At the same time, the region has come to rely heavily on the industry, and has not made a significant effort to attract other types of commercial enterprises.
In addition, the local tax structures are heavily dependent on oil revenues rather than on a broad base tax system that fairly distributes the burden among citizens and businesses.
The Unified Command Wildlife Branch relied heavily on the existing stranding network in the Gulf to respond to stranded, distressed, and injured marine mammals, as those organizations already were federally authorized to conduct marine mammal response activities under the Marine Mammal Protection Act.
Aerial surveys to assess the extent of oil contamination also provided a platform for opportunistic sightings of injured and dead marine mammals.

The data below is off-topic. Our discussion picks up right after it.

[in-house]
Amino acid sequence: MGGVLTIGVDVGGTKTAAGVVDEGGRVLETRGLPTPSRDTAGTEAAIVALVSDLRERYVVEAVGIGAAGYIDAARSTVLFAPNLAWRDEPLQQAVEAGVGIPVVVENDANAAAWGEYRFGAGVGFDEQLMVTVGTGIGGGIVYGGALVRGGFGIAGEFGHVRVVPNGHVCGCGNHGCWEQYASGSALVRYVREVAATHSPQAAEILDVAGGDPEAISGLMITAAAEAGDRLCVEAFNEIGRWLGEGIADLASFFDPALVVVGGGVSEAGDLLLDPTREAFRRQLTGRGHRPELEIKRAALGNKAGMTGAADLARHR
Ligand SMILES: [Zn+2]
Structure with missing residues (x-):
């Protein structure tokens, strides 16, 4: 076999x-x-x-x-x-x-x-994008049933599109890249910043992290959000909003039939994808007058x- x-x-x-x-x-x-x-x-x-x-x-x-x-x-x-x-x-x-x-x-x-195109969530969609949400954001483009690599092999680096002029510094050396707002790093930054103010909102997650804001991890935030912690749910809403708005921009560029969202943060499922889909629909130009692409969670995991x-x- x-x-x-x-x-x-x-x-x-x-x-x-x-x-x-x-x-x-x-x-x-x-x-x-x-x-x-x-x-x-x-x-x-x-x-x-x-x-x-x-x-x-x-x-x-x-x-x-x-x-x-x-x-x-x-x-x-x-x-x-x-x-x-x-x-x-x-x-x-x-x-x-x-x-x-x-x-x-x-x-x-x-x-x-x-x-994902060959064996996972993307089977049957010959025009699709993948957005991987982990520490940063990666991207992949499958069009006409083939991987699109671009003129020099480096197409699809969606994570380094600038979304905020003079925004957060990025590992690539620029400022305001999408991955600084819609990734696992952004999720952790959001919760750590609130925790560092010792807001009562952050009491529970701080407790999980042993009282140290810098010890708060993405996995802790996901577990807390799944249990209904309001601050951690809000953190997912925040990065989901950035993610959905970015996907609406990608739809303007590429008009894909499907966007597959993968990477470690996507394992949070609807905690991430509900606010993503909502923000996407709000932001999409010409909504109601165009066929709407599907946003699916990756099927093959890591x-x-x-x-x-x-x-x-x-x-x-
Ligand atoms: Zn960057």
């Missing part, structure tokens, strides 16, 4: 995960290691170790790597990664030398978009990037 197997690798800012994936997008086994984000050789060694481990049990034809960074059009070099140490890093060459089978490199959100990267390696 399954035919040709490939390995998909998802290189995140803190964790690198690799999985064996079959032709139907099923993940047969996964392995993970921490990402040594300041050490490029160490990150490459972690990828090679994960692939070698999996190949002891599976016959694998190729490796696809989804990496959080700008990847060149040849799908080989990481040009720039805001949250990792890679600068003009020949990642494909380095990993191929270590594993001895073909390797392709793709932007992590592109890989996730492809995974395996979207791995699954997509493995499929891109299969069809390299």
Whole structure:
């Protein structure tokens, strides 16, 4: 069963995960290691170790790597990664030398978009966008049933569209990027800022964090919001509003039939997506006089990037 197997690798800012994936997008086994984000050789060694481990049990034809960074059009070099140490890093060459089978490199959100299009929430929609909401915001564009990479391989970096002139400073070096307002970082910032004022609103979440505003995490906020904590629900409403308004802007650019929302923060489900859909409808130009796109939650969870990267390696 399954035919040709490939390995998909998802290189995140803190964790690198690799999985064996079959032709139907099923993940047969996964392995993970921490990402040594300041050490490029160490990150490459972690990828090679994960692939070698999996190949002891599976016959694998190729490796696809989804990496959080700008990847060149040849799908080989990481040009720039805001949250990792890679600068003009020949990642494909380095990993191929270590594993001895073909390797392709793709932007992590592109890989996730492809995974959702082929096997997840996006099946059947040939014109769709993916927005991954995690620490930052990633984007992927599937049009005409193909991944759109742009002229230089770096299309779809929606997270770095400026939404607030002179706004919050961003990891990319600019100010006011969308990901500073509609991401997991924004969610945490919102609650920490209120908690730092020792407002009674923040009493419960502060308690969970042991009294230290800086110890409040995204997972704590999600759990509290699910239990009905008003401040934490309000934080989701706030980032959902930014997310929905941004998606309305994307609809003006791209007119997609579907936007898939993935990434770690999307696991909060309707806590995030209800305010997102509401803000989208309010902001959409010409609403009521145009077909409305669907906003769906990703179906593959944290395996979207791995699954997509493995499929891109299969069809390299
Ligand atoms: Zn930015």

Since then, the Commission has been working with scientists and managers across the Gulf to refine and promote recovery and restoration strategies for marine mammals.
We have outlined our priorities for restoration and long-term monitoring, as well as concerns regarding potential impacts of some large-scale restoration projects on marine mammals, in letters (see letters section below) to the Deepwater Horizon Natural Resource Damage Assessment (NRDA) Trustees and the Gulf Coast Ecosystem Restoration Council.
In September 2009, the rig drilled the deepest oil well in history at a depth of 35,055-feet.
On April 20, 2010 while drilling the rig exploded at PM (CST), killing eleven workers and injuring seventeen others.
Research papers examining the Gulf of Mexico oil spill would also investigate the following: The explosion that led to the Gulf of Mexico oil spill was preceded days earlier by reports of well control issues.
Although preliminary reports following the explosion suggested that no leak was evident, the Coast Guard ultimately established that the rig’s wellhead had been damaged and creating a serious spill.